Our Mission in Nicaragua

Beginnings

In 2008, responding to an invitation from the bishop of Jinotega, four Ohio Sisters of Notre Dame began their ministry of religious education in Sangre de Cristo Parish in the rural, mountainous region of Jinotega. Our sisters serve the parish of Sangre de Cristo, which includes more than 20 mountain missions, some of them accessible only by foot.

Catechesis and Spiritual Formation

Since the sisters in Jinotega minister with a population that is mostly Catholic, the religious formation and sacramental preparation of children and adults remains their primary ministry. The sisters have been called upon to form catechists, both in their parish and throughout the diocese. Catechists serve especially in the mountain missions, where Mass and formal religious education sessions occur only occasionally. The Sangre de Cristo parishioners have a real desire to participate in spiritually-enriching activities, but they cannot afford to pay for retreats and workshops, so the sisters do their best to provide for their spiritual needs.

Poverty

Nicaragua, second only to Haiti among the region’s poor countries, is suffering the effects of a long civil war. Jinotega is in the northern mountainous region, which experienced much of the conflict. After the sisters had been in Jinotega for several years, parishioners began to entrust them with their heartbreaking stories of the war-ravaged area. One young adult recalled traumatic memories of bodies lying in the street in front of her house after a helicopter had been shot down.

The people of Jinotega struggle to meet their basic human needs. Residents live with lack of, or substandard housing, schools and churches. In a country whose rural areas find more than 70% of the population without potable water, the price of water in Jinotega has increased, following the privatization of water. As one citizen commented, “People don’t have light and they survive, but without water no one can survive. If you privatize water, you will suffocate the poor, who are the majority.” Since the Sisters of Notre Dame of the Chardon Province have taken a Corporate Stance promoting the protection of water, the Jinotegan people’s need for water has become a focus of the sisters’ advocacy.

Meeting the Needs: Training and Youth Ministry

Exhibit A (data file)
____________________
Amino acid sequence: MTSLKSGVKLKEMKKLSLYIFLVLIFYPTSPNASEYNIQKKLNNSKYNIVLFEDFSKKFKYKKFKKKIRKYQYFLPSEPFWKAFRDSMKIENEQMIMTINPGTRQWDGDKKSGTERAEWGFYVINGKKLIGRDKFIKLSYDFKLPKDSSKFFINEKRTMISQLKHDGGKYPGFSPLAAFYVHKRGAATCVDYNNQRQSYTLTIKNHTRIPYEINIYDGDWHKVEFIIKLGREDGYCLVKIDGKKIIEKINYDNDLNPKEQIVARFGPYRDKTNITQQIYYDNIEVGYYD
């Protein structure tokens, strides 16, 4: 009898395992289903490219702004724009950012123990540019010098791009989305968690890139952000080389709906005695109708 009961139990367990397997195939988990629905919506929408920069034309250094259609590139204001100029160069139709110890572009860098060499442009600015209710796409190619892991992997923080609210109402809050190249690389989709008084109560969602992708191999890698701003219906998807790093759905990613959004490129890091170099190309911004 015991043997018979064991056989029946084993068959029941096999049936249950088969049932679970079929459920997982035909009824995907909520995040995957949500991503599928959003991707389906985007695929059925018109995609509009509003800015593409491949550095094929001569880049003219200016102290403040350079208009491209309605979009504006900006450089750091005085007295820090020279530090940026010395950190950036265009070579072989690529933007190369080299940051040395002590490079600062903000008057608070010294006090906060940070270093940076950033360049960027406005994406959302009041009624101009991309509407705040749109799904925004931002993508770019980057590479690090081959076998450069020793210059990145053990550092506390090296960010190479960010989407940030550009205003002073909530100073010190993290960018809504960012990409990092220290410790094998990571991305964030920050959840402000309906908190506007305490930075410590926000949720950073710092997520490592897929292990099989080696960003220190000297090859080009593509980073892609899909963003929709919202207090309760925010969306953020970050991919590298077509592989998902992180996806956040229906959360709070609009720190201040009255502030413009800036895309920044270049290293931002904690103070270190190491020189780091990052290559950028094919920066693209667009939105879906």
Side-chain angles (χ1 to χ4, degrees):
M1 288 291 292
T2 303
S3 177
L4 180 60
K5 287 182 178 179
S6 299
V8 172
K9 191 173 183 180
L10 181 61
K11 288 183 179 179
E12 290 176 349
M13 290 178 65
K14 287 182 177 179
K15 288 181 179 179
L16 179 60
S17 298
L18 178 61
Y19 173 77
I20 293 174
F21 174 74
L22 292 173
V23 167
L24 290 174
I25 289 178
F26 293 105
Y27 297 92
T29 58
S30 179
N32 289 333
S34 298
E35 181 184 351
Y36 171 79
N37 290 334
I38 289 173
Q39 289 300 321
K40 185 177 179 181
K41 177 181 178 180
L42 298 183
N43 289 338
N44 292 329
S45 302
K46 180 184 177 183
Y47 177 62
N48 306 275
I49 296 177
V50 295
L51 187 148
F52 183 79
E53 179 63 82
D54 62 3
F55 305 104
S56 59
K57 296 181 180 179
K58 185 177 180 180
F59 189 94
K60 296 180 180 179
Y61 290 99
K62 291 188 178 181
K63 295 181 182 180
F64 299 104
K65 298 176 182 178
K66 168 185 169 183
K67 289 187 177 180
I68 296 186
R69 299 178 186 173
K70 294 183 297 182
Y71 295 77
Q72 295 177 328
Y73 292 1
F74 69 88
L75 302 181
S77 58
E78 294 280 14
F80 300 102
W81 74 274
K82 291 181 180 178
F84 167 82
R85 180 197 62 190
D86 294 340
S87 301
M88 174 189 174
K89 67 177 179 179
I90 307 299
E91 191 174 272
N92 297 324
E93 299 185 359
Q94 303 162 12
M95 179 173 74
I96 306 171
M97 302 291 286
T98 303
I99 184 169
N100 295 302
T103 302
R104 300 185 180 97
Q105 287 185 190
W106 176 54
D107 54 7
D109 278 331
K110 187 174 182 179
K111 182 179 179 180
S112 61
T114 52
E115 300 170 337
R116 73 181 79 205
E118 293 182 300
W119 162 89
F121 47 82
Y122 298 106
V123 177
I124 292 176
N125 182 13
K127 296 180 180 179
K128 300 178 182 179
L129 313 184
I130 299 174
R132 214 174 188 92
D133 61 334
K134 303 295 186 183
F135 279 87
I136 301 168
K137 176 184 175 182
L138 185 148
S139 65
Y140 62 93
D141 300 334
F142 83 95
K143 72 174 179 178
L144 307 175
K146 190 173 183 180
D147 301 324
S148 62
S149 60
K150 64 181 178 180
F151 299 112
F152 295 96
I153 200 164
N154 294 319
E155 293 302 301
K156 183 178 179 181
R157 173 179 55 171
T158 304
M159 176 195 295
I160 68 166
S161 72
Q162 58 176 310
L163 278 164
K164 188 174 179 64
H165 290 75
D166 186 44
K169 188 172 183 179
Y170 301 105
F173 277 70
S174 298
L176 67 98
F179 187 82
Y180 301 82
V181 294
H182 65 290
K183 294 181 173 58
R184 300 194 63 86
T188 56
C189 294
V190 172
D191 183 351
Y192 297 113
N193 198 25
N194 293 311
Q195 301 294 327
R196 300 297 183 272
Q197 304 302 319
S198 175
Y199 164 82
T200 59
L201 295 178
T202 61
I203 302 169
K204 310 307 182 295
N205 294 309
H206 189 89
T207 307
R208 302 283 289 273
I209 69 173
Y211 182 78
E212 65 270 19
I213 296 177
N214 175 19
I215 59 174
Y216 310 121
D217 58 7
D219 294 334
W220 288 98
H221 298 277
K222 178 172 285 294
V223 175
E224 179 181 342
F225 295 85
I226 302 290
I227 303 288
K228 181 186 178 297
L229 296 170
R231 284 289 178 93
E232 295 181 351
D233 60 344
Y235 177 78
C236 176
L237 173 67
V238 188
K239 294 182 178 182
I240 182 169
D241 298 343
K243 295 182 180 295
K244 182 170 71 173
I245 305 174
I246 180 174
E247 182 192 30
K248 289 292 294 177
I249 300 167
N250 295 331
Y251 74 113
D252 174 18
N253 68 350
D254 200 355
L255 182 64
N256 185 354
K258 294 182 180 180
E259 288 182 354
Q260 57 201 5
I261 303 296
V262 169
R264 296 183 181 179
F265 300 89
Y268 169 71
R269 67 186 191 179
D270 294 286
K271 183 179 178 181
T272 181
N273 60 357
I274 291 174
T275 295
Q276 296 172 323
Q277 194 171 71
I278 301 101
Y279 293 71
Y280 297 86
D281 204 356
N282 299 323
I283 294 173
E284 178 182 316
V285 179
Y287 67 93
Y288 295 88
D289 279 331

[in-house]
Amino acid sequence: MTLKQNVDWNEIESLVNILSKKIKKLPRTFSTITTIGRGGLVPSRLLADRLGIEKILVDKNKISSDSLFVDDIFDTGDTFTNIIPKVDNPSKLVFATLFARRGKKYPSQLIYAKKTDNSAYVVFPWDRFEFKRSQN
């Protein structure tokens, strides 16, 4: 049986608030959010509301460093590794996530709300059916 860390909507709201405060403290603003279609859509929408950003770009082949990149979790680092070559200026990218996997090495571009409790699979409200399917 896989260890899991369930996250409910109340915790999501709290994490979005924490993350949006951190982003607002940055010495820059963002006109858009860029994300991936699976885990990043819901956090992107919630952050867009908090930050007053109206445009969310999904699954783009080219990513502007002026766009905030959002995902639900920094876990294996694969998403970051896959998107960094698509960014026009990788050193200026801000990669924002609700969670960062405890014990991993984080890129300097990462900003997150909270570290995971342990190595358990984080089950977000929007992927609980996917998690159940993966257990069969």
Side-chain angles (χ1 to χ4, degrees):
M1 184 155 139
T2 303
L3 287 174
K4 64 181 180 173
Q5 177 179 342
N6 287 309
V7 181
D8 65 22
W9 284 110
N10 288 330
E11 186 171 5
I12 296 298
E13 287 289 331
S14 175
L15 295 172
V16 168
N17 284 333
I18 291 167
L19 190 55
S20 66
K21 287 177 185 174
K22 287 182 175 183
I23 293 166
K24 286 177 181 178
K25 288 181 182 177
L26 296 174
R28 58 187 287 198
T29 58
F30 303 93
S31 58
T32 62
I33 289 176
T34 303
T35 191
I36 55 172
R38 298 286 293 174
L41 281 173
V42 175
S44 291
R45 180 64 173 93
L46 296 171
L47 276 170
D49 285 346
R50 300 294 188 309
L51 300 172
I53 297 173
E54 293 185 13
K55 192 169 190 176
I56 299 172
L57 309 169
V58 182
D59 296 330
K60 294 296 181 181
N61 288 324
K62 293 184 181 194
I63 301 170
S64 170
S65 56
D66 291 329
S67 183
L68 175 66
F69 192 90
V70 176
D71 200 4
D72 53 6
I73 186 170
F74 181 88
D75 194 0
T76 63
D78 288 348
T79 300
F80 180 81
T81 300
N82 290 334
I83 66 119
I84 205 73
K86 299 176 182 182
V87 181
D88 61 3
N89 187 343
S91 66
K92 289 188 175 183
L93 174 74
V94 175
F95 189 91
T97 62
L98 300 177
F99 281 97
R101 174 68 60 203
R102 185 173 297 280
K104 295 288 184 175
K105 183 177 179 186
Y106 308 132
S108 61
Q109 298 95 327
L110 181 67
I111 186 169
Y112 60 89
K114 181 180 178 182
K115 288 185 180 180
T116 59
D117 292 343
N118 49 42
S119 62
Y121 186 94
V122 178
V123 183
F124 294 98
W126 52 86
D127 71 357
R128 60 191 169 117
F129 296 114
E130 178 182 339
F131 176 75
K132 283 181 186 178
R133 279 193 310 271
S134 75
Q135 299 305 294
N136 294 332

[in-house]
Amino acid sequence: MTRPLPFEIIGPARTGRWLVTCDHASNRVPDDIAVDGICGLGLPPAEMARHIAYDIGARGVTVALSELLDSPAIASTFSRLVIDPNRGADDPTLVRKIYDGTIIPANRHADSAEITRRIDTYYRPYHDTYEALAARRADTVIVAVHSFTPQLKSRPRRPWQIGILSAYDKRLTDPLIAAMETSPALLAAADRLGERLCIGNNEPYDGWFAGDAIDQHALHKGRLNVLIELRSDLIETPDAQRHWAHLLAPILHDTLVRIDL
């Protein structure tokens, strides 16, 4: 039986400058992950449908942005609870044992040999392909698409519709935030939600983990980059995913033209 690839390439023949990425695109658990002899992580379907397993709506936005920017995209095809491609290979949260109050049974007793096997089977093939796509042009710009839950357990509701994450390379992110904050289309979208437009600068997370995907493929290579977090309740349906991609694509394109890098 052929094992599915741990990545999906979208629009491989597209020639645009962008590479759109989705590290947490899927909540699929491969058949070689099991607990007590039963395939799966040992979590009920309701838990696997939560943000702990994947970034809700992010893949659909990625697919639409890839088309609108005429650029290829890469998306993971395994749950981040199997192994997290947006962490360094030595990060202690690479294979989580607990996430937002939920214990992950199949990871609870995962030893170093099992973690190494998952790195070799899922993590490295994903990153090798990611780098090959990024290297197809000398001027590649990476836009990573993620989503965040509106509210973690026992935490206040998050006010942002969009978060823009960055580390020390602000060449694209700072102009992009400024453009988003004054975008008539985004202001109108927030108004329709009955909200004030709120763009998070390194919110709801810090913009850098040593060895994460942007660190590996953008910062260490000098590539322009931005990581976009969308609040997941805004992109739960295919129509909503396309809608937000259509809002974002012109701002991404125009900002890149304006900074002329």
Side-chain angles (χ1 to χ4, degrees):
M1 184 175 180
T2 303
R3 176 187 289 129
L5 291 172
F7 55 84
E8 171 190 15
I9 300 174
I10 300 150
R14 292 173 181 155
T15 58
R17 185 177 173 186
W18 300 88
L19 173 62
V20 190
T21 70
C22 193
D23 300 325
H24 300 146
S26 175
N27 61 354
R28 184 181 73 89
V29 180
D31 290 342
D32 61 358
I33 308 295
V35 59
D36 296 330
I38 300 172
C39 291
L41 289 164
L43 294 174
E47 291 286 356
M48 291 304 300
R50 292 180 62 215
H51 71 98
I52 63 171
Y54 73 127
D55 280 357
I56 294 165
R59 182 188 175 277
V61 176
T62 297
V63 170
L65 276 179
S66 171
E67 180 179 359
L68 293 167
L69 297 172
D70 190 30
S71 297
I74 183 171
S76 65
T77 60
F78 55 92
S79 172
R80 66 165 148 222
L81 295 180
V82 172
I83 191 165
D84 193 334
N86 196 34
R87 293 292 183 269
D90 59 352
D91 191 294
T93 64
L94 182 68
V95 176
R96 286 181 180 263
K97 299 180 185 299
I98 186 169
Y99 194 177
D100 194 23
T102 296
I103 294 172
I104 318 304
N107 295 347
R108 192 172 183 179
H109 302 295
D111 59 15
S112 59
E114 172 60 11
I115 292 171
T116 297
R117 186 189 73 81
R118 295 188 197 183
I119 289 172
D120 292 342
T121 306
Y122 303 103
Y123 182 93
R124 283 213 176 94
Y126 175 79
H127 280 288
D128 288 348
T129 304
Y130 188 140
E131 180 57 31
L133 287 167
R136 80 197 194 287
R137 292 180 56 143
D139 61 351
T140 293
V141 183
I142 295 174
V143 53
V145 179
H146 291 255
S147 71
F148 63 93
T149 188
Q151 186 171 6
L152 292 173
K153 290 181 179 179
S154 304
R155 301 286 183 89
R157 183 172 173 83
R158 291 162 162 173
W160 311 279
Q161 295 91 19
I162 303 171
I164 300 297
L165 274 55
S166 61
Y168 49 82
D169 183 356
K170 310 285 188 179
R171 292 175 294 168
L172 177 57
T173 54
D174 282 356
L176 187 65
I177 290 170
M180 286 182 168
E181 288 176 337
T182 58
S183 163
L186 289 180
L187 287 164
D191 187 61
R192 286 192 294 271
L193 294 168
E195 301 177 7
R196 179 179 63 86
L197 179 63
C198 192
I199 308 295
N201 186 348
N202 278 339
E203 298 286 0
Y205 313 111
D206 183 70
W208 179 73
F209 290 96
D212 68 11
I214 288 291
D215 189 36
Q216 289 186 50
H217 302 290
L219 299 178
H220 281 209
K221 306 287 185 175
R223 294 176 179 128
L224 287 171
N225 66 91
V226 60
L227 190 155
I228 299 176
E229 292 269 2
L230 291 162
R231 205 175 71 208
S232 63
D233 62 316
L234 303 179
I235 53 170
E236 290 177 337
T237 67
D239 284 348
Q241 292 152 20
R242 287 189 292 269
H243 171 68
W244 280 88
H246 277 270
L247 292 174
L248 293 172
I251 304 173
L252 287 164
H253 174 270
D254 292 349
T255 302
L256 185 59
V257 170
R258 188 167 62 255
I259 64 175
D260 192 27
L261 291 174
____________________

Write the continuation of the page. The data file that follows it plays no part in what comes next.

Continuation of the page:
In response to the extreme poverty of Jinotega and the expressed needs of its people, the Sisters also began to teach English and create income-generation projects, e.g. sewing, jewelry-making, handcrafts.

One sister, sensitized to the needs of vulnerable teens, began parish youth ministry programs to promote wholesome relationships, spirituality, and activities. Leadership formation is also one of this sister’s goals, and she is happy to have a Jinotegan young adult woman partnering with her in her endeavor.

Mobile Library Supported by NDCL Students

The sisters began a new initiative in 2012, the development of a mobile library. Capturing the imagination of their “partners in mission” at Notre Dame Cathedral Latin High School, the missionaries engaged a neighborhood animal to become their “biblioburro” when NDCL students came to visit.

The students returned home to Chardon to educate their peers about the need for books in Jinotega, and the NDCL students subsequently raised thousands of dollars for the project.

We Give Praise to God!

The sisters in Jinotega hope to continue attracting “partners in mission” who will support their mission endeavors through prayer, donations, and volunteerism in this beautiful land where people of faith have warmly welcomed them and generously shared the little they have. Perhaps, the greatest affirmation was offered by a young woman who smiled and said, “Sister, you walk with us.”

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